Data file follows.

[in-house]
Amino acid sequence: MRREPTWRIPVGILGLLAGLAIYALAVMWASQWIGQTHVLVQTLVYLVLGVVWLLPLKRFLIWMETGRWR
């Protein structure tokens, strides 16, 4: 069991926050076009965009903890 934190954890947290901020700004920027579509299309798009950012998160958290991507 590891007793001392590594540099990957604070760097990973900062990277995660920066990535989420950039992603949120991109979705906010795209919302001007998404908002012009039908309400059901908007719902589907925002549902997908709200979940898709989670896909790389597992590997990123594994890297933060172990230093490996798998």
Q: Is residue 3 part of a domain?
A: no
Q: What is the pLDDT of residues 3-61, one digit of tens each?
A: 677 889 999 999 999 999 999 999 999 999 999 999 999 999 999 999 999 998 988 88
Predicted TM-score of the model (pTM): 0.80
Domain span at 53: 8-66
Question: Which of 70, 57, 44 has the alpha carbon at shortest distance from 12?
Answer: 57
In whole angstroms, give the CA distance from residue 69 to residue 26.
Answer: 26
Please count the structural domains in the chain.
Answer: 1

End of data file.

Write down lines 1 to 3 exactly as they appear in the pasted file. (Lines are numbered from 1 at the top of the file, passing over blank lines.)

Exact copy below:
[in-house]
Amino acid sequence: MRREPTWRIPVGILGLLAGLAIYALAVMWASQWIGQTHVLVQTLVYLVLGVVWLLPLKRFLIWMETGRWR
């Protein structure tokens, strides 16, 4: 069991926050076009965009903890 934190954890947290901020700004920027579509299309798009950012998160958290991507 590891007793001392590594540099990957604070760097990973900062990277995660920066990535989420950039992603949120991109979705906010795209919302001007998404908002012009039908309400059901908007719902589907925002549902997908709200979940898709989670896909790389597992590997990123594994890297933060172990230093490996798998």